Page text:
The transition to a sustainable economy requires a more effective and less energy-intensive industry. Membrane technology could augment or partially substitute classical molecular separation processes such as distillation to reduce energy, carbon, and water intensity. Organic solvent nanofiltration and reverse osmosis (OSN and OSRO) can positively impact the petrochemical, pharmaceutical, food, and fine chemical industries, among others, if broadly implemented. While hybrid and inorganic materials have the potential for game-changing performance, polymeric membranes provide key advantages in scalability and processability. Improved materials able to operate in challenging conditions, including combinations of organic solvents, high temperatures, extreme pHs, and oxidative environments are crucial. This is a comprehensive review of the state-of-the-art of polymeric membranes for use in OSN and OSRO, including a critical analysis of current academic approaches and potential polymer systems capable of enabling high-temperature liquid phase membrane separations. The challenges and prospects of OSN and OSRO membranes are discussed in the final section.
Bibliographical noteFunding Information:
This work has been sponsored by King Abdullah University of Science and Technology ( KAUST ). RPL was supported by the National Science Foundation ( CBET-1653153 ).
The most commercially fabricated membranes for OSN have been polydimethylsiloxane (PDMS) or polyimide-based. In the mid-1990s, PDMS membranes started to be commercialized for application in organic solvents by membrane manufacturers, such as Koch Membrane Systems, which produced the flat-sheet membranes MPF-50 and MPF-60 (no longer being sold). They consisted of PDMS coated on a crosslinked polyacrylonitrile (PAN) support, for applications in triglycerides isolation from alkanes, catalyst and organometallic complexes recovery from toluene, tetrahydrofuran (THF), and dichloromethane (DCM), and solvent exchange in pharmaceutical manufacturing . MPF-50 was used to purify a rhodium catalyst during a hydroformylation process in butyraldehyde. However, it was reported in the following years that the membrane was not stable in organic solvents in continuous operation beyond 10 days .PAN support was recently used by Radmanesh et al.  to develop a solvent resistant TFC nanofiltration membrane, by creating a non-standard polyphosphazene cyclomatrix using hexachlorocyclotriphosphazene as the monomer. The MWCO of polystyrene markers was found to be 500 g mol−1 in acetone when the interfacial polymerization was done on top of alumina support, whereas for the PAN support the permeance was higher with lower rejection due to the presence of pinholes in the selective layer. The authors suggested that an optimization of the selective layer could be done through infrared-heat-treated PAN supports stable on DMSO.Kim et al.  reported a TFC membrane based on an ultrathin polyamide separating layer with a new highly porous, thermally and chemically robust polybenzoxazole-co-imide support from a thermally rearranged polymer. The TR-TFC membranes obtained had an MWCO of 600 g mol−1 in DMF with a permeance of 7.7 L m−2 h−1 bar−1 after 50 h of compaction at 30 bar and was stable under DMF filtration at 90 °C with a permeance of 12 L m−2 h−1 bar−1 with no significant change in the rejection (Fig. 9).This work has been sponsored by King Abdullah University of Science and Technology (KAUST). RPL was supported by the National Science Foundation (CBET-1653153).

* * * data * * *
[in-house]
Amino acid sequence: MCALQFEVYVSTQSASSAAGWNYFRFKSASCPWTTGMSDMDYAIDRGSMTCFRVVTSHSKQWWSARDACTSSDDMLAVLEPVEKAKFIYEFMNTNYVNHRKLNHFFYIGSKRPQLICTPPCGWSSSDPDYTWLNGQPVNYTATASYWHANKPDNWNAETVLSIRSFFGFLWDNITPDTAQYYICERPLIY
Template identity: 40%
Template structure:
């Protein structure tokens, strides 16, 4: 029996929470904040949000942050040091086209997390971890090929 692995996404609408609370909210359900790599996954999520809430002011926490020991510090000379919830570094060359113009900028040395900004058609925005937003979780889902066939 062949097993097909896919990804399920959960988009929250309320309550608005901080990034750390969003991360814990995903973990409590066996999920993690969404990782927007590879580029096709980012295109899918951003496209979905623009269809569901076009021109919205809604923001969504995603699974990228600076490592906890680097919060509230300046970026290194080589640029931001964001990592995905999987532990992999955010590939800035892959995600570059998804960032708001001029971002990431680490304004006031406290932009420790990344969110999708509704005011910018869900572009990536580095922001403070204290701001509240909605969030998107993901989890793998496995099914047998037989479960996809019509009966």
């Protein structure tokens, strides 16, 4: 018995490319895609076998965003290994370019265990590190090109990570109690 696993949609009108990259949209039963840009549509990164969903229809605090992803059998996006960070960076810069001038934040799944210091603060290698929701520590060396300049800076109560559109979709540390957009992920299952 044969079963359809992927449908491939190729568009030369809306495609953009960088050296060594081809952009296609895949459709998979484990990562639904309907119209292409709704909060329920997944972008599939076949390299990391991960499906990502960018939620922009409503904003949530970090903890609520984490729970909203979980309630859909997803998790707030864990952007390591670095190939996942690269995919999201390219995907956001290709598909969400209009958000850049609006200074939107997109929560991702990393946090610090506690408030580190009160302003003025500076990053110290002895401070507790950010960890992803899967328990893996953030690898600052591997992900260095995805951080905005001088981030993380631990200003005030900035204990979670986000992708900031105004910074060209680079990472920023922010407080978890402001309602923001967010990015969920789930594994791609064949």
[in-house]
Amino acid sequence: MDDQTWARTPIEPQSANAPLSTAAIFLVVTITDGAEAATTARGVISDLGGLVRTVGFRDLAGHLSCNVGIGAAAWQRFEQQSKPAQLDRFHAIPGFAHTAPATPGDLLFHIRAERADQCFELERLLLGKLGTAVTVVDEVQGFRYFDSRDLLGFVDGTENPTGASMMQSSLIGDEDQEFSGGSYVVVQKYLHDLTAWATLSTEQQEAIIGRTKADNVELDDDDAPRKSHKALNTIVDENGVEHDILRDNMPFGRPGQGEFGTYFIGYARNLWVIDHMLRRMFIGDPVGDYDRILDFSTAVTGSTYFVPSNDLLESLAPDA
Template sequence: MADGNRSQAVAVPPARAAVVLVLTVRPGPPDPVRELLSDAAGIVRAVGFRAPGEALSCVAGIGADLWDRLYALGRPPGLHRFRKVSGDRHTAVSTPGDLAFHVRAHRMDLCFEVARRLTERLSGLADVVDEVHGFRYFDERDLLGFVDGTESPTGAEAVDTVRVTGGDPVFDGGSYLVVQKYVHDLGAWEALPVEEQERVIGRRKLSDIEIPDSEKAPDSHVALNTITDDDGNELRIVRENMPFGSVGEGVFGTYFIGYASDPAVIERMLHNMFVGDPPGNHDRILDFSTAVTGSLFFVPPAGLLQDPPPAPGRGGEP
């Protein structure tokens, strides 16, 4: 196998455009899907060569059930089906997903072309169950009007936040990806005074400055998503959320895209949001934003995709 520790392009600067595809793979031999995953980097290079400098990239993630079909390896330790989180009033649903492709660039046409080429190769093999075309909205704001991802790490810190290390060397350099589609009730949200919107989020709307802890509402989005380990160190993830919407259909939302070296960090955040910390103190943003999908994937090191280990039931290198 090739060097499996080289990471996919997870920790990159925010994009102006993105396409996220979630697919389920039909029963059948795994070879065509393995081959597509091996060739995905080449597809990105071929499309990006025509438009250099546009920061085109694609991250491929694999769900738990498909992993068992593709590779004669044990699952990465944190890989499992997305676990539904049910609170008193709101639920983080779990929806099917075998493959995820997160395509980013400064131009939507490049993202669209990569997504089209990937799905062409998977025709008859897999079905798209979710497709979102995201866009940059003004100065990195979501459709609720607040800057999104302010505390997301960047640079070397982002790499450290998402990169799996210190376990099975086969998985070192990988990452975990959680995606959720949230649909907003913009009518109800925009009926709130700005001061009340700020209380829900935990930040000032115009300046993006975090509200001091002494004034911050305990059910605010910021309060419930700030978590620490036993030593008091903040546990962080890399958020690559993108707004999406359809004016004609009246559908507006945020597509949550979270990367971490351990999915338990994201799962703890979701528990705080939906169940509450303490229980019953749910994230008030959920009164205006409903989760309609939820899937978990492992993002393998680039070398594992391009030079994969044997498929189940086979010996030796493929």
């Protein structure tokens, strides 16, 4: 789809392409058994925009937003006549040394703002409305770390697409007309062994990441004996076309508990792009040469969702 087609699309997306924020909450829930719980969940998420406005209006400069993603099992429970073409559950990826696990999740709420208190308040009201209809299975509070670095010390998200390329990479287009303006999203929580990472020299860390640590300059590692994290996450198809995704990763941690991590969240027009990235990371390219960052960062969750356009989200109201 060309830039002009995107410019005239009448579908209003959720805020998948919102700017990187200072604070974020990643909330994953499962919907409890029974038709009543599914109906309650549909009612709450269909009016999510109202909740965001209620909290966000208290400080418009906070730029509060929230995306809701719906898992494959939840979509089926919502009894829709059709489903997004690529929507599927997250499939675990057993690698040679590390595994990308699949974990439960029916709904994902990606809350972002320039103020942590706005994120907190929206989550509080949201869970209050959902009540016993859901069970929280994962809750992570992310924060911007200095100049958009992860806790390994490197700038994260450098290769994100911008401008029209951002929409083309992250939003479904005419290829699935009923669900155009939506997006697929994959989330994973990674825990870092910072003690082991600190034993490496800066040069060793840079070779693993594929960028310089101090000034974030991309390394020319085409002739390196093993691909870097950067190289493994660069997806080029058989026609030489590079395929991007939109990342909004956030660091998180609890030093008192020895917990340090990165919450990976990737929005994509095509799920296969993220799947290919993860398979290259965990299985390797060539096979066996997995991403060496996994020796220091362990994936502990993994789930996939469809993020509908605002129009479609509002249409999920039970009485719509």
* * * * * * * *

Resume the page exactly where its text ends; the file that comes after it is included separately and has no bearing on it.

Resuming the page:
© 2023 Elsevier B.V.
- High performance polymer
- Membrane separation
- Organic solvent nanofiltration (OSN)
- Organic solvent reverse osmosis (OSRO)
- Polymeric membranes
- Porous materials
- Solvent-resistant membranes
ASJC Scopus subject areas
- General Materials Science
- Physical and Theoretical Chemistry
- Filtration and Separation